Despite many reports in the literature, treatment of scaphoid nonunion has remained controversial. Screw fixation provides more successful union rates than K-wire fixation but which of the screw types provides better compression remains debatable [1
]. Most previous studies suggest that the Acutrak screw generates greater compression; these studies have usually been performed on saw bone or cancellous bone simulations from foam or frozen human cadaveric bone models and their value for illuminating the problem of scaphoid proximal pole nonunion remains doubtful. Another area of debate is the optimal compression required to promote union [4
]. As a general rule, high compression load promotes fracture union and so compression is an important biomechanical factor in accelerated fracture healing [3
]. However, the distinction between treating scaphoid proximal pole nonunion and fresh fracture should be considered in relation to compressive screw insertion. In cases of vascularly compromised and longstanding nonunions, bone fragments may have become thin, weak and resorbed and therefore unable to resist compressive forces. Small proximal fragments may not possess adequate bone stock to carry a screw and compression may actually split the proximal fragment because of bone weakness (Fig. ).
Fig. 3 a The PA view showing a longstanding proximal scaphoid nonunion with small proximal fragment and low bone stock. b An arrow points towards the proximal fragment of the same patient. The bone is weak and resorbed. The surgeon should be aware of the risk (more ...)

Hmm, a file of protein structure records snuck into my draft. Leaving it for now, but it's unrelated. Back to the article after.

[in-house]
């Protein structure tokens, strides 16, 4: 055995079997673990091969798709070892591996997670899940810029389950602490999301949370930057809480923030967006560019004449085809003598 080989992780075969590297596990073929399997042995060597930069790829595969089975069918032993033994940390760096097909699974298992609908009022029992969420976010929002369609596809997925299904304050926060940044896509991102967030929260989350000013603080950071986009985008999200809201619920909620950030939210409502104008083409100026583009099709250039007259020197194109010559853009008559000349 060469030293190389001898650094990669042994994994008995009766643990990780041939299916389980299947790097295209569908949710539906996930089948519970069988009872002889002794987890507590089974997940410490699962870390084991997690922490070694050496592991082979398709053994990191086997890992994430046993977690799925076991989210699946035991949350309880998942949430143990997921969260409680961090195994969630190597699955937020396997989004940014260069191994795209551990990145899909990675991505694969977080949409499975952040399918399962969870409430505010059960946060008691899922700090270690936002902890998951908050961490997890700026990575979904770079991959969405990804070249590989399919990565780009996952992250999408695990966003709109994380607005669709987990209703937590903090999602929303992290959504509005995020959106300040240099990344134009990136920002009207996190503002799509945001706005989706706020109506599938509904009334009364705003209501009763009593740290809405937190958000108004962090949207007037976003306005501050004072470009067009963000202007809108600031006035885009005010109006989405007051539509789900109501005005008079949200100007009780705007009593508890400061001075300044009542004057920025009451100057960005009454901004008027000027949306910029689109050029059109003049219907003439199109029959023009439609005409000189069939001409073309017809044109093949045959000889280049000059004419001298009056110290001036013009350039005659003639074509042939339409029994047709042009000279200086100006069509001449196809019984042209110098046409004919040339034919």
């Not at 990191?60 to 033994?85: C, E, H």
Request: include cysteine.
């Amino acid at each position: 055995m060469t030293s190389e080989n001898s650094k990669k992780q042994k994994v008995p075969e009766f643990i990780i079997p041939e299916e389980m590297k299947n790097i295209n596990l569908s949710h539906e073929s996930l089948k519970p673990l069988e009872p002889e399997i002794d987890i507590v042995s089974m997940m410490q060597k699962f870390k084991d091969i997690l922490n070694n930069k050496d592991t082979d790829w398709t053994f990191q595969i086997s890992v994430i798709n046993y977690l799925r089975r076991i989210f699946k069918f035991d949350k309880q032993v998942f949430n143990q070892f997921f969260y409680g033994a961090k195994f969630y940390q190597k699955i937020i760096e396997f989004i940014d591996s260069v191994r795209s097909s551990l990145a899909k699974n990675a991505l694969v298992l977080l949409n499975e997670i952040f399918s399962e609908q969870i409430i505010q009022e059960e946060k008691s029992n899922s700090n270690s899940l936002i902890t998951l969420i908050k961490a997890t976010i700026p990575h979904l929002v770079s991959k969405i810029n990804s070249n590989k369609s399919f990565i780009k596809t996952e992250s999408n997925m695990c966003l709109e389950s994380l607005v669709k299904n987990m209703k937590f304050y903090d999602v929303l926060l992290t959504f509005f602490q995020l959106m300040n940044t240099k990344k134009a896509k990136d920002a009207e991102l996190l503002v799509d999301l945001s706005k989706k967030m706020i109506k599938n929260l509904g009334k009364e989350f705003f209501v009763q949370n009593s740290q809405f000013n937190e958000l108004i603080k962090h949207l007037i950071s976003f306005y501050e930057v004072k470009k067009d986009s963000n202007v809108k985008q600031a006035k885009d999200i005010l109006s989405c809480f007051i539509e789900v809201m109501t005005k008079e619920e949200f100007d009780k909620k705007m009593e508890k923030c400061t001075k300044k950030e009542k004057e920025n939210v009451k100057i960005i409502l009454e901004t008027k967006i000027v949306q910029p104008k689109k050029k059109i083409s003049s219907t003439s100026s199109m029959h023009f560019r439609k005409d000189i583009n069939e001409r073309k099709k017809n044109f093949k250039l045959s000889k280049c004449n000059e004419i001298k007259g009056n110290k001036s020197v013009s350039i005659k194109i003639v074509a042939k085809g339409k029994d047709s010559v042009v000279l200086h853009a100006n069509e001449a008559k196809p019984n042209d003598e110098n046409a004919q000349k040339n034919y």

Our study shows that there is no significant difference between the Acutrak and cannulated Herbert screws with respect to functional outcome, consolidation rate and time to consolidation in the treatment of proximal scaphoid nonunion. Complications were also similar. It seems that difference in compressive force between these screws does not influence the outcome. Apart from selection of the screw type, bone grafting and rigid fixation are required to achieve union. Rigid fixation is one of the primary goals in the treatment of proximal scaphoid nonunion but the use of compression introduces the risk of fragmentation.
Despite multiple studies presenting a biomechanical comparison, there are few clinical comparative studies. We found one study in the English language literature that addressed the comparison of the two screws in the treatment of scaphoid nonunion [17
]. Our results were similar; however, the superiority of our study is that it adopted a uniform procedure.
Our study was designed as a retrospective case analysis and it had certain limitations. For example, due to the fact that patient groups reflected developing treatment modalities in fixation technology, they were not equal with respect to follow-up period. Secondly, the study focuses on a specific type of injury and thus its small sample size does reduce the validity of statistical analysis. However, the inequality of mean follow-up time did not prevent us from making inferences for each group. All patients had proximal pole nonunion that was treated with dorsal capsulotomy, non-vascularised bone grafting and screw fixation. The patient rehabilitation procedure was also similar for both groups. The patient groups were well matched in terms of age, gender, time lapse from injury to surgery, complications and incidence of degenerative changes in the wrist joint.